4. Change in work habits. Employees who make significant changes in their work habits, arriving significantly early or leaving significantly late, or always looks for ways to work independently or unsupervised, should cause you to wonder why. Excessive unexplained absences may indicate a substance abuse problem, moonlighting or guilt. Likewise, bookkeepers or inventory clerks who NEVER take absences may be completely honest and trustworthy, yet it also may signal someone who doesn’t want their work exposed to a substitute.

5. Problems with payroll, travel, and expense records. We all make mistakes. But accounting discrepancies should be tracked. Is there a question about hours worked versus hours paid? Did she lose a receipt? Did he forget to reconcile petty cash? Did she exceed the entertainment stipend with clients? Did he forget to itemize his expenses? Give your employee the benefit of the doubt the first time. But, if it happens again, pay attention. This is where small companies which don’t have specific accounting practices or well defined policies about travel and expenses, can get in trouble. Always have checks and balances in place when it comes to bill pay, account reconciliation, accounting software security.

6. Missing items. E-Bay and Craigslist didn’t gain all of their popularity due to garage clean outs. Ever wonder where those incredibly inexpensive “in the box” computer or hardware gadgets comes from?? If you thought you ordered 15 laptops, you probably did. Use Purchase Orders and inventory tracking and regular physical audits of your inventory to detect missing items. Avoid accidental pallets “falling off” the loading dock, multiple item shipments “damaged” or lost in shipping. One theft scheme involved unloading new merchandise while “throwing out” the “old” packing material in a trash bin so it could be picked up after hours. Problem was – it contained the new items.

7. Suspicious cars, especially cars parked near back doors or dumpsters. This seems like common sense, but how often do you drive around or look outside to see what’s going on in the more isolated areas of your workplace such as loading docks? It’s probably a matter of security to do so at shift’s end or at the end of the workday, but consider impromptu check-ins during the day or near the end of the workday.

8. Pattern of friends or family showing up, or family and friends who insist they only go through employee’s checkout line. Internal theft isn’t always a solo operation. Watch buddies who come in and only want to go through their friend’s line. If they came in for an innocent hello, they shouldn’t care about going through someone else’s line before chatting for a few minutes. If it’s a one-time situation, it’s probably nothing. But, if it becomes a regular thing, question what’s going on.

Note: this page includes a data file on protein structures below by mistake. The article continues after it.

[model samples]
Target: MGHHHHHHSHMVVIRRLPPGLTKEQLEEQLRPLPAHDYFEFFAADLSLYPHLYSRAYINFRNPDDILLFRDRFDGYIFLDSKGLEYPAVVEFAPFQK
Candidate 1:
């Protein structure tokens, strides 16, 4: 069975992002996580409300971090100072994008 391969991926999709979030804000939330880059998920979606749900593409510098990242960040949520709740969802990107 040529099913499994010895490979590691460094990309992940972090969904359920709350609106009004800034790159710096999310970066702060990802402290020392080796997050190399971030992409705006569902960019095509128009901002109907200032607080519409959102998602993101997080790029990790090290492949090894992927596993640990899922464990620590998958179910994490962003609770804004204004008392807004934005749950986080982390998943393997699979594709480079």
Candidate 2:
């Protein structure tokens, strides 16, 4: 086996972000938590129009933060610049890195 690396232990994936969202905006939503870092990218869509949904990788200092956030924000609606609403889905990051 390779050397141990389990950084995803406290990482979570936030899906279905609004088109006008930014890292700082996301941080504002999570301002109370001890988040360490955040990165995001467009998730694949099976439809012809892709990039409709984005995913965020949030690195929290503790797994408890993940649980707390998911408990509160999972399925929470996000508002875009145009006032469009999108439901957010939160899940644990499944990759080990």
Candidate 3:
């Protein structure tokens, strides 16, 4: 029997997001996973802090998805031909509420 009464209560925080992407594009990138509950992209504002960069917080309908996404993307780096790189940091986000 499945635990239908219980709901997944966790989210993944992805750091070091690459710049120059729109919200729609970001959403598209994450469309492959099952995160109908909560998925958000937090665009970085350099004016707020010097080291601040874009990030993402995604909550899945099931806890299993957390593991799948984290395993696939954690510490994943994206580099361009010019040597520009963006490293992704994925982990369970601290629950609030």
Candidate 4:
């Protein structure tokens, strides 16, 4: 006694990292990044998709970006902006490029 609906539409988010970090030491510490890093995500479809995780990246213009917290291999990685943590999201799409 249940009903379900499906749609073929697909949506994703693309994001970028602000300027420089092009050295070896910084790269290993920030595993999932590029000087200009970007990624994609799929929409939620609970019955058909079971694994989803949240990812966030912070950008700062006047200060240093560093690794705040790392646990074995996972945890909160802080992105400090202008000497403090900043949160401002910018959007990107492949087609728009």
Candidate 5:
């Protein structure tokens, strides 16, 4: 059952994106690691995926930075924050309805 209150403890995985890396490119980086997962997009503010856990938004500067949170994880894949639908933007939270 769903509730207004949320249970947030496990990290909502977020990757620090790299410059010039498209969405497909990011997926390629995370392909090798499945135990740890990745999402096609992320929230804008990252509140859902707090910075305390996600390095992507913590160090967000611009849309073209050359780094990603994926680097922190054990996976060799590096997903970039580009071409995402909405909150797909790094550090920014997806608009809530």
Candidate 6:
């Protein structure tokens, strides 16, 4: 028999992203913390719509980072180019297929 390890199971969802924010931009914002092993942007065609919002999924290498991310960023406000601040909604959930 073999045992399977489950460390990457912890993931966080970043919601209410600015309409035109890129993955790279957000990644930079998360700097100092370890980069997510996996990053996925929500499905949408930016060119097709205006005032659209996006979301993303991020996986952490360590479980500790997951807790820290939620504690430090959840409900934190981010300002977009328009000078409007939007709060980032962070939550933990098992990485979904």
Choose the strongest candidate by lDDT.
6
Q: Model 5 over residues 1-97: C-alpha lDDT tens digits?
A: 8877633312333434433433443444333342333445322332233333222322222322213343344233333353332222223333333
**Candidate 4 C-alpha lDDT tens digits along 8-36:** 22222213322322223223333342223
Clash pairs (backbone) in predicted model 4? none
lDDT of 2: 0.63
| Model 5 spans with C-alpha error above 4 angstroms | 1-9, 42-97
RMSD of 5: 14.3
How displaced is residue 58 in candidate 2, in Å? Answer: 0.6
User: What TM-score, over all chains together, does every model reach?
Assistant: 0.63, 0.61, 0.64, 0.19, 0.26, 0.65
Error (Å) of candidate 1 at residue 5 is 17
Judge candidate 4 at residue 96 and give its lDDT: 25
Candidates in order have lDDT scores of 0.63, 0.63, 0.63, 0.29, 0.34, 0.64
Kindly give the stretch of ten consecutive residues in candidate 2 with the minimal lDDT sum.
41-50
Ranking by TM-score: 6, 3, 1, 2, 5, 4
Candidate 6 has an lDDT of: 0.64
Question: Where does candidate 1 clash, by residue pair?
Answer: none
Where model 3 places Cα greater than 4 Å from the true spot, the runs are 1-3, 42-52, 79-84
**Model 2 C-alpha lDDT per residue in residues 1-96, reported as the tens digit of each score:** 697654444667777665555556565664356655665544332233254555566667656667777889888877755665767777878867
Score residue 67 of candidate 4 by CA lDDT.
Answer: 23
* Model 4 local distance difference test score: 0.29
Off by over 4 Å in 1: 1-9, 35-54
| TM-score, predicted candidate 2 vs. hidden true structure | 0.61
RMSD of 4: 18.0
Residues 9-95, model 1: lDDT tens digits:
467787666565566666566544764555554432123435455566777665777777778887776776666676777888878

9. Change in voids, over rings, cash drawer over/shorts. Look for patterns. A pattern of shortages, especially in whole dollar amounts, may mean your employee is stealing directly from the drawer. A pattern of over
rings may mean your employee is pocketing cash payments. In particular, be wary of any employee who tends to pile merchandise in front of the register while taking care of customers. The blocked register view gives an employee the opportunity to ring up less than charged or to over ring something secretively and pocket the difference.

10. Lack of Checks and Balances: Ultimately, fraud can happen by unauthorized use of the company’s cash and/or diverting receipts from clients that are due to the company. The vast majority of fraud occurs because the opportunity is there and they feel they won’t get caught. A business owner should review their procedures for documenting and controlling all cash outflows – payroll, checks, credit cards, wire transfers, bill payments and or manipulation of billing invoices. Most small businesses cannot afford an accounting team with properly designed checks and balances but being a victim is even more costly. Consider hiring a third party to review and close books on a regular basis that will help validate the financial reports, and act as another set of eyes on your accounting team.